Silent Running SR1000 is a sound and vibration dampening paint specifically designed for marine applications. This unique marine coating absorbs noise and vibration, and converts it into low-grade heat which is dissipated throughout the surface its applied on. Apply SR1000 to replace conventional sound dampening materials, like heavy mats and wraps.
SR1000 is a double coat, permanent coating with advanced adhesion promoters that work well on metal, fiberglass and wood. It may be rolled, brushed or sprayed on. Paint dries to a hard surface but withstands cracking and chipping from expanding and flexing of the applied surface.
This is also the first sound dampening paint in the marine industry to meet stringent U.S. Coast Guard requirements.
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For full noise and vibration attenuation a thickness of 40 mil. is required when fully cured.
can i use silent running for the wall in my room so i cant hear the vibrate from my neigbor stereo??
In short yes; however, applying silent running to a wall or floor surface would not give you a very smooth finish and would only solve the vibration aspect of the noise from you neighbor's stereo. Silent running is not a "sound absorption" material. I would think that the best course of action would be to ask him or her to turn the music down...complain to the landlord...call the police to enforce the local ordnance or law. We all live in a community and it is not right for one member of that community to bully the others by playing the music too loud.If you must spend the money to control the noise I would highly suggest calling in a expert. There are a number of sound and vibration absorbing materials and techniques available but they are all very costly. Sound travels like air or water and you will have to not only do your wall but also the floor and ceiling to get the results I believe you are after.I used silent running to deaden the steel ringing sound on the decks of my steel boat. I sprayed the product on using an airless spray gun under the deck (interior)with the recommended large spray tip. It took a number of application to build up enough of the material...over a 1/4 of an inch...to get the desired effect. I run a commercial boat and there is no approved Coast Guard spray foam material, which I think would have worked better. Silent running is Coast Guard approved and can be sprayed on and from my research the only product I really could have used. I don't think you need a Coast Guard approved product for what you are trying to do.Hope that helps, best of luck,Ron
It does not dampen the sound that much. It works ok with boat motor sound, but had to add more foam to eliminate the sound.Good Luck !!
Sound is transmitted in many ways. Stereo sound form a neighbor can also be transmitted via floor boards as well. Silent Running appears most effective if it is applied as close to the source of sound as possible or on the surface which is resonating with the sound, which acts like a membrane. I suggest to identify the areas which vibrate most, and apply Silent Running there. Silent running is like a paint which translates the energy from vibrations into heat (although oen would not notice any icrease in temperature). Hope this helps.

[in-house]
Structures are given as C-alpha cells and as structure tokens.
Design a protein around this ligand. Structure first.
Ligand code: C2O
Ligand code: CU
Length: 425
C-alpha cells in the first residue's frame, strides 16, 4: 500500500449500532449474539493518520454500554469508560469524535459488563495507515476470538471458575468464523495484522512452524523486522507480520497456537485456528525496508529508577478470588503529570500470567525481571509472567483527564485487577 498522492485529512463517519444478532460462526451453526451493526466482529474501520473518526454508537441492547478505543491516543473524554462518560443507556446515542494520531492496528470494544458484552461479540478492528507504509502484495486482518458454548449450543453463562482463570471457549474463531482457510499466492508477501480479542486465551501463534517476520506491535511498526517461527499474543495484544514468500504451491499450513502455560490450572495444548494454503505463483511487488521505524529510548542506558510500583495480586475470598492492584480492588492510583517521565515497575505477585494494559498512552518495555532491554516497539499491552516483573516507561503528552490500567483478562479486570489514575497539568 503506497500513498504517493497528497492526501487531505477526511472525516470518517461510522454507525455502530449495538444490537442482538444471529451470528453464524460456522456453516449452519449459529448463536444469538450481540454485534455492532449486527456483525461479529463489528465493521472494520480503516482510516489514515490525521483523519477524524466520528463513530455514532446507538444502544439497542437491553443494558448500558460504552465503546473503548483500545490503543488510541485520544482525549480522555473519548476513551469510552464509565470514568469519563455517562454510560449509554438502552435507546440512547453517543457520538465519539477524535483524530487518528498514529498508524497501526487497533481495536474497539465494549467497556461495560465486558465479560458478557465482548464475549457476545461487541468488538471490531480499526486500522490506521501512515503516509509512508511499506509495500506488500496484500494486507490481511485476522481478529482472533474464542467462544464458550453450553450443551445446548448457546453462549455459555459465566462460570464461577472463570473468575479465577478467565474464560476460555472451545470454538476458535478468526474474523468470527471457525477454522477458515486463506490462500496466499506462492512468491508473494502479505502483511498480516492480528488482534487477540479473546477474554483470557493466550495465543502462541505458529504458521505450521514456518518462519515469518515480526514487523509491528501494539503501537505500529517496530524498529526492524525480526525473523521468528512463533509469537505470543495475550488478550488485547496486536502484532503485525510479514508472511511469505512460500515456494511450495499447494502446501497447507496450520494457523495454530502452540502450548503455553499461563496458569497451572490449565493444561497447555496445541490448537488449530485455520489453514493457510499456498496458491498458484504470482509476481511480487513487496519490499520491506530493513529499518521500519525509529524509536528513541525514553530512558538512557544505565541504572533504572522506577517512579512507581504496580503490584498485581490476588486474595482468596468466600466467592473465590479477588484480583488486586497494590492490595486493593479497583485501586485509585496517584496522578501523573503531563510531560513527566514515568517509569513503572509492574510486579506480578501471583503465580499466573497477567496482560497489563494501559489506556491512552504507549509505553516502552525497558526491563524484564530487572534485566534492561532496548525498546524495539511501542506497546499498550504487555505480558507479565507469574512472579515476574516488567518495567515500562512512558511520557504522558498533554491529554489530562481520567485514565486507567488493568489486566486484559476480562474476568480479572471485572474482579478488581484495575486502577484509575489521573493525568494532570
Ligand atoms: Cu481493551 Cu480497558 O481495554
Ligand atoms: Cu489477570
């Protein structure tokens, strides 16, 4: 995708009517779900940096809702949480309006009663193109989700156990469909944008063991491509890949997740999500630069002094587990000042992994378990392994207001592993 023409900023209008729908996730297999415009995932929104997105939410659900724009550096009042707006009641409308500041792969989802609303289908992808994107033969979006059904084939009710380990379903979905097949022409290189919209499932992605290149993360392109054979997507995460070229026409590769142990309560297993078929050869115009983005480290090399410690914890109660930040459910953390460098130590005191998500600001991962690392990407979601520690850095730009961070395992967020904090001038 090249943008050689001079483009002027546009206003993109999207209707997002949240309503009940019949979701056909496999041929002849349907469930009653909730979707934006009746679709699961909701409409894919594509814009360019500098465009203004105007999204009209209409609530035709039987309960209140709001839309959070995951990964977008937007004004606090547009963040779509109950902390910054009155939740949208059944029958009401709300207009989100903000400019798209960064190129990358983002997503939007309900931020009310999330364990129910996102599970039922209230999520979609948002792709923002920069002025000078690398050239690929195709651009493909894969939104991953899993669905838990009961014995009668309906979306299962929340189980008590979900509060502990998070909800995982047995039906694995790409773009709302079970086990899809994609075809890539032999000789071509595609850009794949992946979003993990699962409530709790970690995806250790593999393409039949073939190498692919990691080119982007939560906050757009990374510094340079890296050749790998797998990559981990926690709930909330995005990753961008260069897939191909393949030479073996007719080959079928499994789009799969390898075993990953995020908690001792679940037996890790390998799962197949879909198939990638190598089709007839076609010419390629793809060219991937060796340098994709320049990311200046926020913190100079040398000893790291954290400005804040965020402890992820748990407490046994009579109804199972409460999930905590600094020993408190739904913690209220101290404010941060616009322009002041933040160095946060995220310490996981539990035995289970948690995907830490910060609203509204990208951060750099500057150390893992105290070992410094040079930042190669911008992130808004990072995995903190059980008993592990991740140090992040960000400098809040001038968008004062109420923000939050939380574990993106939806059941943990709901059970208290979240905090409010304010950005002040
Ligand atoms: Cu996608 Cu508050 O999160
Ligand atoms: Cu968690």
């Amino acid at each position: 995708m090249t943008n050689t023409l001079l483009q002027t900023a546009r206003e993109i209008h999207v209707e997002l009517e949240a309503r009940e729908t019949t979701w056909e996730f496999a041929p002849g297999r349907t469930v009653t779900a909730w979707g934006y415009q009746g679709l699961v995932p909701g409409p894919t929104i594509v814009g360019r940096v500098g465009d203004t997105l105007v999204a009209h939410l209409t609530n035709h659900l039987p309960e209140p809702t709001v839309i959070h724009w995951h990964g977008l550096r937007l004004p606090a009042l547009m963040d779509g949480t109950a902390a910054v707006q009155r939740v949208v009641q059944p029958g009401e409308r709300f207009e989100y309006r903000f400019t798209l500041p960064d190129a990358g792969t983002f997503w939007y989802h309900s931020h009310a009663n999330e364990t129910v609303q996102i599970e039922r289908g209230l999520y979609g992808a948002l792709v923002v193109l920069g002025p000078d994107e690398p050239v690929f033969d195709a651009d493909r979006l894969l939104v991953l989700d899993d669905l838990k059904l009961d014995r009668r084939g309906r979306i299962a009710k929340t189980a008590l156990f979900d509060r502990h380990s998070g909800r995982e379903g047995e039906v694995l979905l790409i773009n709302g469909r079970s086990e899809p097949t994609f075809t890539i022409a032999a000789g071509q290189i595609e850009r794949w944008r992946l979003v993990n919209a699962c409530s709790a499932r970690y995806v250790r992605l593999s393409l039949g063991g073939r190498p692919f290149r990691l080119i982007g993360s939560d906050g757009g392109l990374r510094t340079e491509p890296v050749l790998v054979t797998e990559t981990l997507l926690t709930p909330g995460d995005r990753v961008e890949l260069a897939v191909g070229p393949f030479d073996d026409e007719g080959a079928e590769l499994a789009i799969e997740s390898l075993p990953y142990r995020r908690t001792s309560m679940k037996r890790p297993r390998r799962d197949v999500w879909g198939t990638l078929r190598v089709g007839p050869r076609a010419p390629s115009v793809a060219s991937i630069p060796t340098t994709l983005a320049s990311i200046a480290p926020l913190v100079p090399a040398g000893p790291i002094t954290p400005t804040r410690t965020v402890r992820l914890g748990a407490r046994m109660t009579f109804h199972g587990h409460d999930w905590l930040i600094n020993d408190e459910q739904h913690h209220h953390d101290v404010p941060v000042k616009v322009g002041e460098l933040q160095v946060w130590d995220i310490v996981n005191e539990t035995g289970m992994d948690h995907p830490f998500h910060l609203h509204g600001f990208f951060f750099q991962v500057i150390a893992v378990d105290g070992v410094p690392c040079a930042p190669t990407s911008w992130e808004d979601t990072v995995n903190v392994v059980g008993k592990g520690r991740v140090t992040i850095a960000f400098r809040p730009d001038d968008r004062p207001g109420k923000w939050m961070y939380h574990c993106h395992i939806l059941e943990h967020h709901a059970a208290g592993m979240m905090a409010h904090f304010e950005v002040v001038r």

I am thinking about using this in the bilge area around the motor of a 1957 Chris-Craft: a) will oil and/or bilge sludge in the wood prevent adherence? (I'm assuming even a good solvent cleaning won't get it all); b) will it reduce the noise effectively enough to make a difference? (The engine is below the cockpit in a wide space--8'x 9'x 2')
We used the Silent Running on an uninsulated space about 8" in diameter on an engine compartment hatch board. It adhered well and it seems to have done the job, although it is difficult to evaluate due to the small overall area. On a larger area I believe you would achieve good results. The adherence on your board, however, could be problematic. I would try some TSP to clean the surface, then scuff with a coarse grit sanding. Good luck.
LYDIA J STRICKLAND
Paul, I would not use this product in the bilge area. First, I do not think you could get it to adhere to the old contaminated substrate...wood. Second, I also do not think it would last in an area where it would be subjected to constant expansion and contraction at lest much more so than a steel or plastic boat. I think you might be OK if you applied it to areas above the bilge; like under the deck or on the bulkhead above the bilge area. I sprayed the material under my steel upper deck to reduce the "ringing" sound of the steel when people walked on it. It did help some but not to the level I would have liked. I would estimate that I would have needed to double or triple the three layers I sprayed to get what I was looking for.Hope this helps,Ron S